Liked by 1 person

    • whatthelog says:

      Thank you! These were the points I was most nervous about because I know what an individual process therapy can be.
      OH GOD YES. And I’ve also found that when I do try and put a brave face on, people don’t believe me when I tell them I’m depressed! It is impossible to win!!

      Like

      • Lauren @ Wonderless Reviews says:

        You handled it brilliantly. I think it’s definitely about finding the right fit. I think some people feel like it has to work straight off the bat. It’s definitely one of the more complicated areas. Ahh, yes. That’s really frustrating. It’s like some people think that MI means you can only experience one emotion and whilst that might be the case for some people, it doesn’t mean it’s like that for everyone. Medication shaming is another big one that gets to me too! It’s kinda sad just how many misconceptions there are, but hopefully the more we talk about them and dispel them the more educated people will become.

        Like

  3. Huntress of Diverse Books says:

    I hope that more people read your post here – it’s very well written and crucial.

    When I was younger, I believed that people with certain types of mental illnesses were dangerous and violent. I hardly ever saw any positive representation. People with certain types of mental illnesses are portrayed as violent and dangerous in so many (horror) films and books. I’ve been doing a lot of unlearning.

    What annoys me a lot is when people say that people who go to therapy do it to receive free money and that they are lazy.

    Like

  4. Dina says:

    What a wonderful post, Wendy! It encourages me, as a mentally ill person, to see blog entries like this one. So, thank you for writing this one. I particularly enjoyed with your discussion of therapy. It IS incredibly challenging and it depends on many factors. You can have a bad combination between the therapist and the patient.

    Oh, I know what you mean about the assumptions some doctors make. What is up with the weight thing? Very weird.

    Great job! Love this discussion a lot.

    Like

    • whatthelog says:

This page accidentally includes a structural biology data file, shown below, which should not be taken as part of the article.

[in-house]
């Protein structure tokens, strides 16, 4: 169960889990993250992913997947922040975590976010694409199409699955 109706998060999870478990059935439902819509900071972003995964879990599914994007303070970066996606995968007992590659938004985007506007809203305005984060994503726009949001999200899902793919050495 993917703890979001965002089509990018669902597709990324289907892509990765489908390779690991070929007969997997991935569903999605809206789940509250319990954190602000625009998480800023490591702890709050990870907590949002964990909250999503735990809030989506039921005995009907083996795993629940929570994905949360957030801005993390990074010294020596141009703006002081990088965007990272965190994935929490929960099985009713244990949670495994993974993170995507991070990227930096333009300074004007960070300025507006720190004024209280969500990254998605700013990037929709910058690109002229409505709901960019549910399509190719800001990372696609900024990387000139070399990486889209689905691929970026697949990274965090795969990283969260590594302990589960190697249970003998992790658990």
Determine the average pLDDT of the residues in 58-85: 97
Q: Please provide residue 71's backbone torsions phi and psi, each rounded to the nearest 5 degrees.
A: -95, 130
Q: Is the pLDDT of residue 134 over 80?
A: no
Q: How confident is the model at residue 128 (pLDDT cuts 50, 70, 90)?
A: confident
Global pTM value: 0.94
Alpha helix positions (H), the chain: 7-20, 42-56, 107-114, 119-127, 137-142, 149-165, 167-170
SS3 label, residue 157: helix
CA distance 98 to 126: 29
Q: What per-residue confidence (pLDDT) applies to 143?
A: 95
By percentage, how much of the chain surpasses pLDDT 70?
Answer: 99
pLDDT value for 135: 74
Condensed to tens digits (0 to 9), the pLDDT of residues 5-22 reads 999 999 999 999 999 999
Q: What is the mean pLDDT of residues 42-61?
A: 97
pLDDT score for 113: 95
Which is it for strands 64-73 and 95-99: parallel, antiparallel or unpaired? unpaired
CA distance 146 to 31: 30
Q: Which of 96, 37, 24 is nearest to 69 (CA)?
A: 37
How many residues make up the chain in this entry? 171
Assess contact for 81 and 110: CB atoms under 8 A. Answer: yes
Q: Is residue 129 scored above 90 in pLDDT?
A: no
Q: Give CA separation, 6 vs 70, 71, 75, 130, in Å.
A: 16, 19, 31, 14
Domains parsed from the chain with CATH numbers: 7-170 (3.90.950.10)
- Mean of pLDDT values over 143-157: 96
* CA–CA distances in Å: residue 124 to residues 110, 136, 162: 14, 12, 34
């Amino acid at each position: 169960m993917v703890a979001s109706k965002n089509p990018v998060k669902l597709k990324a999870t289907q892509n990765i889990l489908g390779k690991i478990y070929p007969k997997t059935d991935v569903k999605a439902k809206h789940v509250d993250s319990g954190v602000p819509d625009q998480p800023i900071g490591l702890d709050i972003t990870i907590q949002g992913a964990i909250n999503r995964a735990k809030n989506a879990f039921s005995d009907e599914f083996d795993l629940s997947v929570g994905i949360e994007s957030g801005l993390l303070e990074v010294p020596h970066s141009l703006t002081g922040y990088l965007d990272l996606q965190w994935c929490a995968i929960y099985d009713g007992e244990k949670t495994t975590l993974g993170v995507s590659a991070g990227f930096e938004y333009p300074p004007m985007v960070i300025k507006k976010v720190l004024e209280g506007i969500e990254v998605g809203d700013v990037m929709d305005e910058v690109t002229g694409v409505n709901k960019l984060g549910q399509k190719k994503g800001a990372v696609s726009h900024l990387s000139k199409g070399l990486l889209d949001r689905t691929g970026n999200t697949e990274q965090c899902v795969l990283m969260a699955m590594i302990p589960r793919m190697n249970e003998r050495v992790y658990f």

Thank you 🙂 I am so glad – I’ve been a bit worried that this series is too focused on explaining things to people who don’t have mental illnesses. I’m so happy that I’m speaking to people who do, as well.
      The weight thing is such a gendered experience as well, I’ve found. Just another example of the sexism and fatphobia found in medicine, I suppose. However, it does seem to be getting a little better. My boyfriend is a med student and he’s had millions of lectures about mental health and working with the patient, rather than lecturing a patient. It is making me hopeful for the future 🙂

      Liked by 1 person

    • whatthelog says:

      OH GOD YES. I’ve had a couple of therapists not believe me because I was wearing makeup and seemed like a healthy weight. (Actually the beginnings of an eating disorder, but for some reason my worries were deemed ‘irrelevant’.) I’m so sorry that happened to you.

      Liked by 1 person

  5. Wendy Chen says:

    Love this post! Ugh, the whole mental illness = weak character idea is so prevalent and messed up. I should be addressing some of this in a future ownvoices WIP that also touches on the interplay with cultural factors… we’ll see, but you definitely articulated everything so well and gave me more to think about. 😄

    Like

    • whatthelog says:

      Thank you!
      Oooh, that sounds fantastic! I didn’t know you were a writer! 🙂 I have to say, since I really got into blogging, I’ve been thinking about trying my hand at writing again. There are so many stories that are worth telling.

      Like

      • Wendy Chen says:

        Thank you, and yes I do write! There’s some more stuff on my writing portfolio page if you’d like to take a look 🙂 Mainly working on historical and contemporary YA at the moment. And YES, you should!

        Like

  6. Jackie B @ Death by Tsundoku says:

    Thank you. Thank you for calling all out the shenanigans people come to believe about mental illness. Also, for point out some things I didn’t even realize I was assuming (bad Jackie)! For example, I never once had a positive experience with therapy. I just assumed it didn’t work (or I was broken and incapable of being cured). But really, I think it was more of that dating idea. I was certainly with the wrong therapist.

    Perhaps it’s time to try again?

    Great post, Wendy. Please please please keep writing about this!

    Like

  7. Grab the Lapels says:

    I’m not sure if it helps other people, but for me, knowing what I wanted out of therapy helped me. Not detailed, just simple: I want tools I can use on my own. That was all I knew, but it was helpful. The idea of going in every week “just to talk” made me paranoid as hell.

    Like